Category Archives: bureaucracy

162: James Flink’s The Automobile Age

In James Flink’s The Automobile Age, the automobile, and its attendant complex of technologies, mass-production techniques, industrial development, roads, economic and public policy, and changes in American “lifeways” resulting from “mass personal automobility,” are central to the history of capitalist development in general and to American history in particular.  Flink’s materialist approach combined with the scope of this book – he attempts to cover the rise and fall of the Automobile Age in its social, technological, business, and global contexts, from the turn of the last century to the early 1970s – make it both a fascinating history of automobility and an argument for human agency even in what looks like global domination by the car.

Flink’s narrative covers many of the canonical topics within industrialization and automobility: the Fordist system of mass production/ mass consumption; transformations in social relations and the landscape as a result of automobility; Sloanism, bureaucracy, and flexible, style-based mass production;  global automobility coupled with competition from Europe and Japan; and social and environmental critiques of automobility combined with the “world car.”  He discusses these processes by carefully tracing technological diffusion within the technological system of the automobile.


But Flink also argues that the automakers, form the very beginning, articulated themselves within both American nationalism and industrial capitalism, so tracing the car allows him to trace and critique these larger systems.  He thus shows how Ford’s particular brand of paternalism was more social control than benevolence; how the auto boom in the 1920s directly contributed to the Great Depression in the 1930s; how cars fragmented and rearranged neighborhoods and social networks; how the world car has led to uneven geographical development, and how the American “romance” with the car was actually the product of a lot of lobbying by automakers for more and better roads rather than public transit, so that an inefficient, capital-intensive system was largely funded by American tax dollars.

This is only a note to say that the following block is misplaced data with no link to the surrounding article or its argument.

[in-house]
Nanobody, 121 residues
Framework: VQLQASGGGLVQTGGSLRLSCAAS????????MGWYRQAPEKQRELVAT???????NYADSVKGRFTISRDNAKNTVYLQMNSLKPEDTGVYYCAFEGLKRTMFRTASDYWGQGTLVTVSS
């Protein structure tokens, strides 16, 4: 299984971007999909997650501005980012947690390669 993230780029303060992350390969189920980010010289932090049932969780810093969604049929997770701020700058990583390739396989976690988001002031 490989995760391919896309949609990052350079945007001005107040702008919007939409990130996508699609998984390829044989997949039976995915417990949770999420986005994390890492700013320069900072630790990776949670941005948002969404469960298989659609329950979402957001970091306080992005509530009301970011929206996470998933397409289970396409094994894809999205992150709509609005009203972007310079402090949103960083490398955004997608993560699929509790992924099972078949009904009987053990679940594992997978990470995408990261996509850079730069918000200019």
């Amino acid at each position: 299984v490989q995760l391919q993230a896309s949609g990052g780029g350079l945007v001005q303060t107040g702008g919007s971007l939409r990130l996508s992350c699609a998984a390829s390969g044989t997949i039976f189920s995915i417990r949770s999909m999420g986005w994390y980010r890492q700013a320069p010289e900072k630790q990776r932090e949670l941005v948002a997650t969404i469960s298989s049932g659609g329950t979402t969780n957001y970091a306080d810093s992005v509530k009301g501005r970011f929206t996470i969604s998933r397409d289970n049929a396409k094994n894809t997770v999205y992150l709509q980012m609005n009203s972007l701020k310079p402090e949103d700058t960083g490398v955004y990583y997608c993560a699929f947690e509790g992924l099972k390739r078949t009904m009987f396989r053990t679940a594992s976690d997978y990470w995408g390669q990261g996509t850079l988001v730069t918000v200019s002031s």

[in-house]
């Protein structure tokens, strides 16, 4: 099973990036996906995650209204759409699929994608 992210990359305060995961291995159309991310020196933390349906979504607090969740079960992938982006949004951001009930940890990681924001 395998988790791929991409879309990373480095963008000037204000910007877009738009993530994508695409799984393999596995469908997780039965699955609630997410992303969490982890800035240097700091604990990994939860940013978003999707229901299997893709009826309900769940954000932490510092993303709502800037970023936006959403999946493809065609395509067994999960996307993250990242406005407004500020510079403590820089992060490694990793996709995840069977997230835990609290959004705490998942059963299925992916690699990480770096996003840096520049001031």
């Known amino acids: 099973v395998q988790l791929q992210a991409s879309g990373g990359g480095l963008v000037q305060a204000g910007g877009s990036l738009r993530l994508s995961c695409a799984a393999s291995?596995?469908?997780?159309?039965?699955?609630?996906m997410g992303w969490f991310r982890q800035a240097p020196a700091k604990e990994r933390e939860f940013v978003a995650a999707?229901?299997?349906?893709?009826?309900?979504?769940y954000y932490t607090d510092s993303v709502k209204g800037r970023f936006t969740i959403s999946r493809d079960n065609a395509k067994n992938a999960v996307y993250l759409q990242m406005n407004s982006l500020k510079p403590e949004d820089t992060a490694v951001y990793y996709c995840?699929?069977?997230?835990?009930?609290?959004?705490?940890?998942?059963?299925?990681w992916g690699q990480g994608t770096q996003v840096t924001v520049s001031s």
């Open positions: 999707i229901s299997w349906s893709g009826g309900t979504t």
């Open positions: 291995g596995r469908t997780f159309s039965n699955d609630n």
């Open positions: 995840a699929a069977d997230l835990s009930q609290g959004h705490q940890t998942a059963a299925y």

Flink argues that the automobile age ended in the 1970s, when public outcry led to increased safety and environmental regulations, but that the automobile will continue to be the dominant mode of transportation, especially in the US, for the foreseeable future.  I agree with him on both counts, and I hope that the recent resurgence of interest in bicycling and public transportation broadens to include more social groups so that the burden of automobility doesn’t continue to be shouldered by the poor.

69: Drew Gilpin Faust’s This Republic of Suffering